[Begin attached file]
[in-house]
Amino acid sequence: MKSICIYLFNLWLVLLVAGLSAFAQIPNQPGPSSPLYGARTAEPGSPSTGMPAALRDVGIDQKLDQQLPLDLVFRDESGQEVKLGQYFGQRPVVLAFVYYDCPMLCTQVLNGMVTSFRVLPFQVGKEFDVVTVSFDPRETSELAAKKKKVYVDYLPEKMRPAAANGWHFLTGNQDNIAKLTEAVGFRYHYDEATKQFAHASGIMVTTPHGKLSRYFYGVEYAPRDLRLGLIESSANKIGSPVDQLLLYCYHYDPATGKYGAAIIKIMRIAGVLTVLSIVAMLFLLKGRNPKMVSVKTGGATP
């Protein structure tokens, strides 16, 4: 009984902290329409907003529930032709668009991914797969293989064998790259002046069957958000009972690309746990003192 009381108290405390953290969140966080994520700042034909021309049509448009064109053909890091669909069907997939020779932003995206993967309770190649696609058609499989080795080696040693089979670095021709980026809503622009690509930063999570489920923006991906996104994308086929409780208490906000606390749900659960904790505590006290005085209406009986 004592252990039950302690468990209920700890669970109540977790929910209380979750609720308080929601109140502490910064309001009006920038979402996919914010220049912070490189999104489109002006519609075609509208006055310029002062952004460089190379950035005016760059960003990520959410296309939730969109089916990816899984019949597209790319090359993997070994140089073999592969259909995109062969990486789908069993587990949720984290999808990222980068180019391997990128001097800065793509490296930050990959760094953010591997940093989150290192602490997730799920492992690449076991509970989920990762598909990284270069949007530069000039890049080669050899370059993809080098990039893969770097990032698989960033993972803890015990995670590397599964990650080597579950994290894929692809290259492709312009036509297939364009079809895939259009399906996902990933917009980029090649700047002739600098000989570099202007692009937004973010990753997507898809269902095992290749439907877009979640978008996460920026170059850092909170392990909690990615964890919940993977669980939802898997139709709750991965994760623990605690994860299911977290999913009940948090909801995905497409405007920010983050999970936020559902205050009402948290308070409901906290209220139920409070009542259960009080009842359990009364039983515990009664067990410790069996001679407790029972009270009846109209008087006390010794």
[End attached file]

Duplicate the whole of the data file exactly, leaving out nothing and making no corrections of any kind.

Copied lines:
[in-house]
Amino acid sequence: MKSICIYLFNLWLVLLVAGLSAFAQIPNQPGPSSPLYGARTAEPGSPSTGMPAALRDVGIDQKLDQQLPLDLVFRDESGQEVKLGQYFGQRPVVLAFVYYDCPMLCTQVLNGMVTSFRVLPFQVGKEFDVVTVSFDPRETSELAAKKKKVYVDYLPEKMRPAAANGWHFLTGNQDNIAKLTEAVGFRYHYDEATKQFAHASGIMVTTPHGKLSRYFYGVEYAPRDLRLGLIESSANKIGSPVDQLLLYCYHYDPATGKYGAAIIKIMRIAGVLTVLSIVAMLFLLKGRNPKMVSVKTGGATP
């Protein structure tokens, strides 16, 4: 009984902290329409907003529930032709668009991914797969293989064998790259002046069957958000009972690309746990003192 009381108290405390953290969140966080994520700042034909021309049509448009064109053909890091669909069907997939020779932003995206993967309770190649696609058609499989080795080696040693089979670095021709980026809503622009690509930063999570489920923006991906996104994308086929409780208490906000606390749900659960904790505590006290005085209406009986 004592252990039950302690468990209920700890669970109540977790929910209380979750609720308080929601109140502490910064309001009006920038979402996919914010220049912070490189999104489109002006519609075609509208006055310029002062952004460089190379950035005016760059960003990520959410296309939730969109089916990816899984019949597209790319090359993997070994140089073999592969259909995109062969990486789908069993587990949720984290999808990222980068180019391997990128001097800065793509490296930050990959760094953010591997940093989150290192602490997730799920492992690449076991509970989920990762598909990284270069949007530069000039890049080669050899370059993809080098990039893969770097990032698989960033993972803890015990995670590397599964990650080597579950994290894929692809290259492709312009036509297939364009079809895939259009399906996902990933917009980029090649700047002739600098000989570099202007692009937004973010990753997507898809269902095992290749439907877009979640978008996460920026170059850092909170392990909690990615964890919940993977669980939802898997139709709750991965994760623990605690994860299911977290999913009940948090909801995905497409405007920010983050999970936020559902205050009402948290308070409901906290209220139920409070009542259960009080009842359990009364039983515990009664067990410790069996001679407790029972009270009846109209008087006390010794």